I know you are a very busy working mum. How do you fit writing around motherhood and working in publishing?
For sure, it is a challenge to write whilst working and being a parent and I am still learning strategies to help me with that balance. I talk a bit about some of things that have worked for me over on the Book Bound blog.
But a key thing for me, I think, was having a support network of friends and family who I could ask for help if I needed time. There is no quick fix solution, you have to write a book one word at a time and you need time to do that. There’s no getting away from it!
Sometimes, I wish I was a faster writer but with each book I think you do get a bit quicker and certainly more confident. Being a busy mum adds to the time pressure but the upside to that is that there is less time to procrastinate which is a huge enemy to writing!
Have you read many Young Adult novels and if so, which one was your favourite?
To be honest, I don’t have as much time to read as I once did but I think it is absolutely key for a writer to consume books for their own craft. Reading helps elevate your own writing and it gives you an escape into other worlds and headspaces. Therefore, I try and make it a priority to read a range of books and I find audiobooks really aids with that.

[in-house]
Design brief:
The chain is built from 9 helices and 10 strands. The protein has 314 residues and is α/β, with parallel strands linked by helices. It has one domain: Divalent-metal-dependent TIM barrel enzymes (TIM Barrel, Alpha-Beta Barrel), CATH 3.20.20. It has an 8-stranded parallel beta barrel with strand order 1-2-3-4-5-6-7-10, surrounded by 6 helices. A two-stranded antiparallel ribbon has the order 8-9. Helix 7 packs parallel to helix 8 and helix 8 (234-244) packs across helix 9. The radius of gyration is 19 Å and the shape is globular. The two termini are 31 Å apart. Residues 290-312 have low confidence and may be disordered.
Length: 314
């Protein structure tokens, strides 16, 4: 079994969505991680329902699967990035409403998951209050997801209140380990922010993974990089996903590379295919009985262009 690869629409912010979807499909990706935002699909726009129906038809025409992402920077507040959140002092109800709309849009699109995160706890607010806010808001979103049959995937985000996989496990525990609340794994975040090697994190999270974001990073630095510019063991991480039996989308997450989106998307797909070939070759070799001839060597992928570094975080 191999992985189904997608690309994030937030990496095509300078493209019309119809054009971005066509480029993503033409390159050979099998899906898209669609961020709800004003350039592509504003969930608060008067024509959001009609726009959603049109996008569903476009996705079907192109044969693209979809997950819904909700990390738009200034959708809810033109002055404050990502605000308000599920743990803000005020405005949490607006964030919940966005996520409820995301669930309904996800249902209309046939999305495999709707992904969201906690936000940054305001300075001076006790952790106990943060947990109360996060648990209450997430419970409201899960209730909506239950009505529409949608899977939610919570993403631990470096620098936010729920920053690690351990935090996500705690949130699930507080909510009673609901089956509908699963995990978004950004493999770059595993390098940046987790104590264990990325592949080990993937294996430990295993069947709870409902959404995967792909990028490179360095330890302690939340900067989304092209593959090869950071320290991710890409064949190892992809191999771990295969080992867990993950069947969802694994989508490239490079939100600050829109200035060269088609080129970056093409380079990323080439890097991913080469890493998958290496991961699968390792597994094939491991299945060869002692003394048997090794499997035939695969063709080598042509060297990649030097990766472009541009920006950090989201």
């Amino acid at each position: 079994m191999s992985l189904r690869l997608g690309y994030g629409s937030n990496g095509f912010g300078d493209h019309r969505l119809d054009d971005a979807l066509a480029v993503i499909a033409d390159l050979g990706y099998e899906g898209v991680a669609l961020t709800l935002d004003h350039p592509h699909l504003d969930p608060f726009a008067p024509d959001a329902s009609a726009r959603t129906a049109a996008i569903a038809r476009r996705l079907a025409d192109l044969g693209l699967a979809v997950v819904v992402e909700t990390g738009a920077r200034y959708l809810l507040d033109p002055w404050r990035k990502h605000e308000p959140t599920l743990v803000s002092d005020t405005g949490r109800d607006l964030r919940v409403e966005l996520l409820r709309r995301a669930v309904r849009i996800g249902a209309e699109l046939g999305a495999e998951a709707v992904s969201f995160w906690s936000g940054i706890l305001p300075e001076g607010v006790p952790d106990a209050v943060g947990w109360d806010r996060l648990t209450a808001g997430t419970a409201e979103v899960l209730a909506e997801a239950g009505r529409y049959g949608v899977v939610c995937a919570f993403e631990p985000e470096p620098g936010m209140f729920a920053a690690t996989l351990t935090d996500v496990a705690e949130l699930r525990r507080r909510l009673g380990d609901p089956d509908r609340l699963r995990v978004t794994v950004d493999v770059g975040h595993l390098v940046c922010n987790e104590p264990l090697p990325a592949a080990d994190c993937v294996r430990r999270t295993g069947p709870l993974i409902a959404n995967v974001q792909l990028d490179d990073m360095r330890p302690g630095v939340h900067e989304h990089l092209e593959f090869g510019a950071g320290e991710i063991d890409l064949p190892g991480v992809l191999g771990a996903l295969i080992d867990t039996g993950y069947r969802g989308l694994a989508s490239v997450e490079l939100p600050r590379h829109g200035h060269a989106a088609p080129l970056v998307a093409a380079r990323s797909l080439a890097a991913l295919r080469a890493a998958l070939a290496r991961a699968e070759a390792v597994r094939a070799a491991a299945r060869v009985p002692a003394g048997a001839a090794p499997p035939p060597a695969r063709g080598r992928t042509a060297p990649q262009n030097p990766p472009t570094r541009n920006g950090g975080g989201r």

Something I’ve read recently which I thought was really strong was The Rest of Us Live Here by Patrick Ness. In terms of an all-time favourite young adult novel I think it might have to be Hunger Games by Suzanne Collins.
Do you have any advice for unpublished authors on dealing with rejection?
I think the only thing you can do is keep going and keep believing in your writing. Instead of saying ‘I haven’t got a publishing deal’, say ‘I haven’t got a publishing deal yet!’.
The truth is, it may not be this book, it may not be the next one but you are improving each time and no writing is wasted. It’s all practice and experience.
Write characters that feel authentic and real to you and seek out those ideas that excite you as much as your future readers.
The market is incredibly competitive but tenacity and imagination will eventually get you across the line as just long as you put the work in to make your novel as strong as it can possibly be.
Secrets of Valhalla is published by Harper Collins on January 19th 2016
Two friends awaken a world of myth and magic in this clever middle grade fantasy perfect for fans of Rick Riordan and Anne Ursu.
It’s not every day that you find a famous weatherwoman bound by magic to a tree deep in the woods. Or discover that the weatherwoman is in fact Sunna, the Norse Goddess of the Sun, and one of the seven day guardians who keep time in order. But that’s just what happens to new friends Buzz and Mary—and it’s only the start of their adventure.
Now, as the people of Earth are forced to repeat the same Saturday over and over again, Buzz and Mary must journey to collect the Runes of Valhalla and awaken the other day guardians, before vengeful god Loki can get to them first.
To find out more about Jasmine Richards: